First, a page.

As you won’t know when someone will walk pass your motion detector, you will need to either be constantly reading the output of the PIR sensor in the main loop of your code or you can make use of external interrupts. External interrupts are pins of the Arduino that detect a change in voltage and in our case can be used to alert the Arduino that our PIR sensor has detected movement. Depending on your application, either method of reading the output of the PIR sensor is feasible, although the latter is considered best practice as it ensures your code won’t miss any movement detected by the PIR sensor. If you plan to use an external interrupt to detect a change from your motion detector, you will need to consult your Arduino’s datasheet to ensure what pins of your microcontroller can be used as interrupt pins. If not, you can simply connect the output of the PIR sensor to any of the digital input pins of the Arduino. The PIR sensor will also need to be connected to an appropriate power source and to a common ground.

Motion Controlled Linear Actuator

In both of the examples below, the Arduino controls the linear actuator using a motor driver. To learn how to drive a linear actuator with a motor driver or other intermediate components, like relays, you can check out our post on How to Control a Linear Actuator with an Arduino. Also, neither example below utilizes a feedback linear actuator or external limit switches in their design, which would give you more control over your actuator than without. If you are interested on how and what feedback options are available, you can check out our post on the topic here.  

The code example above shows how to setup an interrupt in the Arduino IDE where the interrupt will be triggered on the rising edge of the voltage pulse. You can set up your interrupt to be triggered at different points in a voltage change and should consult your microcontroller’s datasheet to determine the available options. Once you have identified and selected an appropriate interrupt pin, the last aspect you need to do to set up your interrupt is to write your interrupt service routine. The interrupt service routine is a simple function that the code will run every time the interrupt is triggered. In our case, our interrupt service routine motionDetector simply sets the flag motionDetected to high when the interrupt is triggered.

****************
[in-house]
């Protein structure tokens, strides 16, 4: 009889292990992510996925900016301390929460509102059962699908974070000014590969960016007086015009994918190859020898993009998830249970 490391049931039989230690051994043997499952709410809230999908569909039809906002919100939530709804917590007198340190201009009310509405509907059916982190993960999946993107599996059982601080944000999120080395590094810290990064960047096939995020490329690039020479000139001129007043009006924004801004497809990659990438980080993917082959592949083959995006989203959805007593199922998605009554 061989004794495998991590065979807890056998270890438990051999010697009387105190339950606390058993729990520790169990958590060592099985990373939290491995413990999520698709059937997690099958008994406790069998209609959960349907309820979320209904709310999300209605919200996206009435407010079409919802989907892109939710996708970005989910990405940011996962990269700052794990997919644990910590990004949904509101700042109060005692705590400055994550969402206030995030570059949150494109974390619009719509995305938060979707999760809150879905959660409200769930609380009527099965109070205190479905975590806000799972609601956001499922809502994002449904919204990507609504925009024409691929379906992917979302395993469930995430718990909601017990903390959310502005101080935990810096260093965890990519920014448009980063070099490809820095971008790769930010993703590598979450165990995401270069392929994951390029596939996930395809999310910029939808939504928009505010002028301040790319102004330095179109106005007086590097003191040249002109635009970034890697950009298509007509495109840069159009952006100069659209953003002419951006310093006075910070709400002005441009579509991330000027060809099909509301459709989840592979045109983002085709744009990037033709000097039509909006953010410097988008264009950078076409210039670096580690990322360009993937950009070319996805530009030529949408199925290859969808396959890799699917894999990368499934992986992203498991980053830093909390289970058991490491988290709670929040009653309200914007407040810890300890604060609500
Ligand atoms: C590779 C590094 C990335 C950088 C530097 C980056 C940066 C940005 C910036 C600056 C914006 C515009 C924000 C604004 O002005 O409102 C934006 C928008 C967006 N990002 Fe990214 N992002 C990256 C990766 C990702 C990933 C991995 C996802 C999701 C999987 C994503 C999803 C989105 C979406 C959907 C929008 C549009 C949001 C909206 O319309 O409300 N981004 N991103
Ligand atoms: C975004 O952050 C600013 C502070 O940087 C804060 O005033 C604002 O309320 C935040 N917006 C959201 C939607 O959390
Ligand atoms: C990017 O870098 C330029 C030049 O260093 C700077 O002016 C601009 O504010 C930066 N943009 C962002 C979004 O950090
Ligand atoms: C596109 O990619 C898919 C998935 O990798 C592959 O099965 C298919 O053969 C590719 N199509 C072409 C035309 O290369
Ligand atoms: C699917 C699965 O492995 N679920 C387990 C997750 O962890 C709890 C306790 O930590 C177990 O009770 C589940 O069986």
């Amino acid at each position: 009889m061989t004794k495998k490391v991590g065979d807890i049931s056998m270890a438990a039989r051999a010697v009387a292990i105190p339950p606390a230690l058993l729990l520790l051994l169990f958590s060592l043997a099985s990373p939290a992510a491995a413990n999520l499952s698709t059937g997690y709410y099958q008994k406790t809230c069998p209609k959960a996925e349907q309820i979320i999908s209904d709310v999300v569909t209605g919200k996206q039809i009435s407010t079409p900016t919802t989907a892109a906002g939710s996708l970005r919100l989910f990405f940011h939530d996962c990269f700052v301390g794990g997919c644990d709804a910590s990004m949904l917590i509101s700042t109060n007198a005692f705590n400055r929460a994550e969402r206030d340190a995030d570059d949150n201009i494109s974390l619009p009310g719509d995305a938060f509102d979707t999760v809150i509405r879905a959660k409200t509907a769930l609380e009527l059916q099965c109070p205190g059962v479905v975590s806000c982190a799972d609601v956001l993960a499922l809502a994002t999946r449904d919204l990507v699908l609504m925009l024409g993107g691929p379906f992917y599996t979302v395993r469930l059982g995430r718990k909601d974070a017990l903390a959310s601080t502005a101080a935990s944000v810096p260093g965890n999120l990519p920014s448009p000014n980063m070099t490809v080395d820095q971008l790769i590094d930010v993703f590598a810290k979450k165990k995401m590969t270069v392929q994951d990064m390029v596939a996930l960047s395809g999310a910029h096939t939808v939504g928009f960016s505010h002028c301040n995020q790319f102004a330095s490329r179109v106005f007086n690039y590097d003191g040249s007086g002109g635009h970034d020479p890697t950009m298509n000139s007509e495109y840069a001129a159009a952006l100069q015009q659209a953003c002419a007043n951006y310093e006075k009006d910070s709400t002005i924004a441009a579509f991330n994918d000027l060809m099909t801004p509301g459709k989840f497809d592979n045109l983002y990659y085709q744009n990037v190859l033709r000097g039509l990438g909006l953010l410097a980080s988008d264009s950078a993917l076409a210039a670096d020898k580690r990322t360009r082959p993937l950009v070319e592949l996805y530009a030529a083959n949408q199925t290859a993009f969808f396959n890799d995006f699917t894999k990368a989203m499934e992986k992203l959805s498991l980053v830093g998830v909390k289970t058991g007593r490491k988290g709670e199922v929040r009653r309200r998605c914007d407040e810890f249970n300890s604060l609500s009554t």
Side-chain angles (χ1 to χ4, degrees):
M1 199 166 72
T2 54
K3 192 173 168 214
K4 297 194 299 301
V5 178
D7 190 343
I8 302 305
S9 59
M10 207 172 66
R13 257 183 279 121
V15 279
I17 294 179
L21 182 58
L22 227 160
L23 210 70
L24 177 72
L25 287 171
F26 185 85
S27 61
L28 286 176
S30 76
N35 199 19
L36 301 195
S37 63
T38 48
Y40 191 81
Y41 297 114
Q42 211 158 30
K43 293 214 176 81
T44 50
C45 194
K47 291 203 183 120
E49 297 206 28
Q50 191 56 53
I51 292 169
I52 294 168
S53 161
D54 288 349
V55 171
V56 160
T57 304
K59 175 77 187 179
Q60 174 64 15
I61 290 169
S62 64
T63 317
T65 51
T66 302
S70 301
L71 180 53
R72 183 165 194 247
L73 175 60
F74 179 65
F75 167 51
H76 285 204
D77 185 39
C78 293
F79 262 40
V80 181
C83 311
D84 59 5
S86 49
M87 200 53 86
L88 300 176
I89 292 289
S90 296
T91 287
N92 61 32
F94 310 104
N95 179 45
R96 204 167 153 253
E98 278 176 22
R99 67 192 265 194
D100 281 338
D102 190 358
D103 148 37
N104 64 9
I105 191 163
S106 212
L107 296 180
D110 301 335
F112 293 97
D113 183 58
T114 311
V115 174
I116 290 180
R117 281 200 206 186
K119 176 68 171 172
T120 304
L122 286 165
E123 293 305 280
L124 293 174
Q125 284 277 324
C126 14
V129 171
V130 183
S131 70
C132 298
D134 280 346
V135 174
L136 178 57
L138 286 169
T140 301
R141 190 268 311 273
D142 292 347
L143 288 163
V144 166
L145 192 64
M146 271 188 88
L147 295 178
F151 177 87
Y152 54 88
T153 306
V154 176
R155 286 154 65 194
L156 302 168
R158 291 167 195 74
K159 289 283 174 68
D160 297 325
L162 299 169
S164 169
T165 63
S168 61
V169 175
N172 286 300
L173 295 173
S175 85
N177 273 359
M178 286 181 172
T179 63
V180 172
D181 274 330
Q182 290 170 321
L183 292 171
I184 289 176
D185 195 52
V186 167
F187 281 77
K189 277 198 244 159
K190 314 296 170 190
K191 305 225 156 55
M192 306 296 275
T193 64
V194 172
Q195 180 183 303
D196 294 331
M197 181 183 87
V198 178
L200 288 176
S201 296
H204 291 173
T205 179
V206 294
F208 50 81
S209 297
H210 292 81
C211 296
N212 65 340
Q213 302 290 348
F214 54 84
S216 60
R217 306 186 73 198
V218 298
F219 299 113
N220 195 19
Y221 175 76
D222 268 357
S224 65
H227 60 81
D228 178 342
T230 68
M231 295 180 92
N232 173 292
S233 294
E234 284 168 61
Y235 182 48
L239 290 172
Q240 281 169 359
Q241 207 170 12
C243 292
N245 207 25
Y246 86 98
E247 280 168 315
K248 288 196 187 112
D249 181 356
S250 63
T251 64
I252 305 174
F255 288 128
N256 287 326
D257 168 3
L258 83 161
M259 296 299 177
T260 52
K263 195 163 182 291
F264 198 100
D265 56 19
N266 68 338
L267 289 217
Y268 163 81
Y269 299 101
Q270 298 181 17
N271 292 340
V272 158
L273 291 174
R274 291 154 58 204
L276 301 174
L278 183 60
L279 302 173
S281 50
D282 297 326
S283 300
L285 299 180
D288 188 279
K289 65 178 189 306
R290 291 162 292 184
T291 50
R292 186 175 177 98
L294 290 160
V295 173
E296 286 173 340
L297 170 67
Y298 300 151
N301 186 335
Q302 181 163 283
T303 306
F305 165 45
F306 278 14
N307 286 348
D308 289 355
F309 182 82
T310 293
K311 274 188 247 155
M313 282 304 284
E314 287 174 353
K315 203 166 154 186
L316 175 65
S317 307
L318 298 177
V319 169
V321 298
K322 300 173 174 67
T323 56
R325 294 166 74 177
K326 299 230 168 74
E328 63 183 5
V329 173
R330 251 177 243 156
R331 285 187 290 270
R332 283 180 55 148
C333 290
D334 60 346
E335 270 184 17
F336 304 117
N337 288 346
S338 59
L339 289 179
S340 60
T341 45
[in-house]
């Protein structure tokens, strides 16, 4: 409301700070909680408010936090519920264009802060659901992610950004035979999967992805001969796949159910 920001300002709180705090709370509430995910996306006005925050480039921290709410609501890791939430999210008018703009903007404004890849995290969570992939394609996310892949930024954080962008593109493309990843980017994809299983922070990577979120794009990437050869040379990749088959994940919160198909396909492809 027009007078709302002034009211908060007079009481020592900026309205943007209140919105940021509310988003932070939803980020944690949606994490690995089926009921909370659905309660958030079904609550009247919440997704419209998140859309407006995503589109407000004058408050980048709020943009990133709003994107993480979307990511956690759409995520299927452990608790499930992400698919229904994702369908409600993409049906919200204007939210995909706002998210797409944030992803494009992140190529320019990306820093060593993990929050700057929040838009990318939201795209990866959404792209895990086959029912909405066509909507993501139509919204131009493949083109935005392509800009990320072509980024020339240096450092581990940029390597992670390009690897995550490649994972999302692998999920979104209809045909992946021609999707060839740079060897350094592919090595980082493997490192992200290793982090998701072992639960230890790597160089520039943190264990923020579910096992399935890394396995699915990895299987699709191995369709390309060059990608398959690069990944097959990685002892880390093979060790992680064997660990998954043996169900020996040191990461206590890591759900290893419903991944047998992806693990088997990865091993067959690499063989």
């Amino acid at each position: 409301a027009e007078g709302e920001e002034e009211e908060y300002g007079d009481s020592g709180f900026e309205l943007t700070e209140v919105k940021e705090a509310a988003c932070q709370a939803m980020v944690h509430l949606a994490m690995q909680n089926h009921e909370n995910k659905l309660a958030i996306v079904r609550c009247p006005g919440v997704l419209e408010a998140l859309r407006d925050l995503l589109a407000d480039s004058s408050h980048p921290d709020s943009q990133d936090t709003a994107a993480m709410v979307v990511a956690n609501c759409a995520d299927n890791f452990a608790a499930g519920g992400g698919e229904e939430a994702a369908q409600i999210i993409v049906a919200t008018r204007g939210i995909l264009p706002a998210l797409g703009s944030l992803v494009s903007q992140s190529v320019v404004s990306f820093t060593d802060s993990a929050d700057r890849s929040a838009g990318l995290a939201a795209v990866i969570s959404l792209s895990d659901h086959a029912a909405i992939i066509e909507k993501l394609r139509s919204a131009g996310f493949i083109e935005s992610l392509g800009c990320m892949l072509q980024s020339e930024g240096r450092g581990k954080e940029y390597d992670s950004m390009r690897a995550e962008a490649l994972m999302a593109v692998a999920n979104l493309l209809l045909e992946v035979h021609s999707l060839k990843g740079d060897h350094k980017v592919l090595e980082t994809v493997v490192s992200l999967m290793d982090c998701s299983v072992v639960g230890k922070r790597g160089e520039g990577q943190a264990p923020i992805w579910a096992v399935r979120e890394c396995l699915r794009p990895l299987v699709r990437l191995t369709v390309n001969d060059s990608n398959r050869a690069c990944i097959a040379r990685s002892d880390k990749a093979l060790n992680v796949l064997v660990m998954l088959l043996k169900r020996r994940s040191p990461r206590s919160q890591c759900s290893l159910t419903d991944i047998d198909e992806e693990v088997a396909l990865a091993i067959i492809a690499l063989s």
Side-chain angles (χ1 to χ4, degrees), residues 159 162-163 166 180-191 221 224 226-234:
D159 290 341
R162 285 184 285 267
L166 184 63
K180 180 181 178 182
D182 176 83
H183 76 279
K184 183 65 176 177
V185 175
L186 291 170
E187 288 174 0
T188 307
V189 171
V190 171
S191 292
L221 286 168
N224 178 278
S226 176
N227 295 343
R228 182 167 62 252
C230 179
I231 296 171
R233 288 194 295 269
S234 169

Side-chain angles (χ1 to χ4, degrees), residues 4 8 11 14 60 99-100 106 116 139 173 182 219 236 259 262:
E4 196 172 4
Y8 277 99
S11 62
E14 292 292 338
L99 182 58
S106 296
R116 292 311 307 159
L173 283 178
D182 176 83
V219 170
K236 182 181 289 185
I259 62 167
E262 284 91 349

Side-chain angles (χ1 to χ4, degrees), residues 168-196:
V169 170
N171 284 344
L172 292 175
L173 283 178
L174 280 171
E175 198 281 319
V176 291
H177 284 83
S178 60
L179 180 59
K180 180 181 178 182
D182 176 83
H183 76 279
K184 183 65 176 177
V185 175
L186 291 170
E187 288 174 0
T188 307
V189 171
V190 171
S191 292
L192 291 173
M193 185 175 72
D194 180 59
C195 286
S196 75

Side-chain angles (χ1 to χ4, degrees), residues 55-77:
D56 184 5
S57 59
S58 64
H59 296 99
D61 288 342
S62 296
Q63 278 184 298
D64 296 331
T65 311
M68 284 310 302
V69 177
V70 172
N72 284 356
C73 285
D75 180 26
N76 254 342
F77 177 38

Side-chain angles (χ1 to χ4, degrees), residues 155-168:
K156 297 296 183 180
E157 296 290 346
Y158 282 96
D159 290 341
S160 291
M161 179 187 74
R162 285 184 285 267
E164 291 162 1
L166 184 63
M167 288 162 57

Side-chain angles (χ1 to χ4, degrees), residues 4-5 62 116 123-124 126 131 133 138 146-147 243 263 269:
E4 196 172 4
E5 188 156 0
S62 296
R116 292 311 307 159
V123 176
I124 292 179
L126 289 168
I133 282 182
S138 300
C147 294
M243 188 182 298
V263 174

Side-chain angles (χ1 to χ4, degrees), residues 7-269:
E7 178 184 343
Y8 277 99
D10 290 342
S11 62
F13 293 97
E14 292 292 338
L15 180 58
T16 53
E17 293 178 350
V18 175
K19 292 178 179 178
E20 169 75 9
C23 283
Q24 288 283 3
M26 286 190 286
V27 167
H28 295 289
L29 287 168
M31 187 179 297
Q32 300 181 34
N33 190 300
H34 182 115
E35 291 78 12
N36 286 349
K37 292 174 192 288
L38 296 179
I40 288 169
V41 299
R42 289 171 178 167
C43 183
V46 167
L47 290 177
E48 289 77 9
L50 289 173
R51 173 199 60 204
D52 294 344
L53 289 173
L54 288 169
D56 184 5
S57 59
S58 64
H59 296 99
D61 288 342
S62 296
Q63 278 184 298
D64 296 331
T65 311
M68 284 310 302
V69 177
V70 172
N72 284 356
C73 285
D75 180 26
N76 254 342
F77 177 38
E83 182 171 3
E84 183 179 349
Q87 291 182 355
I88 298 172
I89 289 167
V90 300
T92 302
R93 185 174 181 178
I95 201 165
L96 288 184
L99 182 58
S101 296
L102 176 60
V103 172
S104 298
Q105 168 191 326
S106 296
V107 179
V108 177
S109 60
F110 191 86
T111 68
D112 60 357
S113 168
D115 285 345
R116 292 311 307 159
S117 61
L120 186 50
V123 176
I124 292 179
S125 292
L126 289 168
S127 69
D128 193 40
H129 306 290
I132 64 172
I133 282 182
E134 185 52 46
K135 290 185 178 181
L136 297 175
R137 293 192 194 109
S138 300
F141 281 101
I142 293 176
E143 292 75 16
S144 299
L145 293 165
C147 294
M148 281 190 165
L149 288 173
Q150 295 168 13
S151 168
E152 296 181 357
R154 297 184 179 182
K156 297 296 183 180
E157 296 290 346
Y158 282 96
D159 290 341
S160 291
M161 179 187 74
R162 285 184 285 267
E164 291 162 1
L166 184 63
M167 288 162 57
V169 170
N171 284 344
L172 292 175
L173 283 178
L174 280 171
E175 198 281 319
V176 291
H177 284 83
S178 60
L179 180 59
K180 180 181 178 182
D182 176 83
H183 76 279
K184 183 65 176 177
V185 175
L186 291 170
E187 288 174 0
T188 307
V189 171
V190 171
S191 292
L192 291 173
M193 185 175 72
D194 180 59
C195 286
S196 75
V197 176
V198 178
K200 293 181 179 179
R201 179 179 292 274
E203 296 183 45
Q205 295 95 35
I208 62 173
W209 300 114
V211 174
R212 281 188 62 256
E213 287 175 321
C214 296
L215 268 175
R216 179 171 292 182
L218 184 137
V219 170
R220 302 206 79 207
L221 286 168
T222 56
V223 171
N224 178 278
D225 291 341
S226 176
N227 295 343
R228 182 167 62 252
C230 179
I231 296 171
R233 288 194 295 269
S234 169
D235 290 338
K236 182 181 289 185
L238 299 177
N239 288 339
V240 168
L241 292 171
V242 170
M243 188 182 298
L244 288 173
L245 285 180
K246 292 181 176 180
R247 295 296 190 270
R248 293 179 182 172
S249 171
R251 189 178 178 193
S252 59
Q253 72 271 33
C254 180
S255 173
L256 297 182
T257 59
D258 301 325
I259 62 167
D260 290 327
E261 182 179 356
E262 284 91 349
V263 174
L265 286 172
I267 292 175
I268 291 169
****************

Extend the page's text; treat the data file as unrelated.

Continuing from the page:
Once your Arduino has read the output of your PIR sensor, either by using an external interrupt or by simply reading the output, how you utilize this feedback to control your linear actuator will depend on your design and your application. As the PIR sensor only provides a binary feedback, like a push button, the level of control over the linear actuator will be limited. One way to control the linear actuator with this feedback is to tell the actuator to move whenever motion is detected, which could be useful in applications like robotic jump scares in a haunted house. The above code shows how you could implement this design. Once the motionDetected flag is set to high, we extend the linear actuator forward and after 10 seconds, the flag is reset to low and the actuator retracts for the next jump scare. As we only use the motion detector to tell the Arduino that someone is there, we make use of a timer to reset the flag and wait for the next person to walk by.

Another method is to toggle between extended and retracted positions of the linear actuator every time motion is detected, which may be useful in home automation applications. The implementation of this approach is shown above. In the interrupt service routine, the flag motionDetected is toggled every time the PIR sensor detects movement. When the flag is set to high, the linear actuator is extended and when the flag is set to low, the actuator is retracted. We also have added another flag timerFlag which is used add time delay after the PIR motion detector is triggered. This flag is set HIGH when the interrupt is first triggered and is only sent low after the designed time delay, which is one minute in this example. It is also used to ensure the value of the flag motionDetected is not toggle until after this time delay.


  1. Tross, K. (2019, October). The Beginner’s Guide to Motion Sensors. Retrieved From: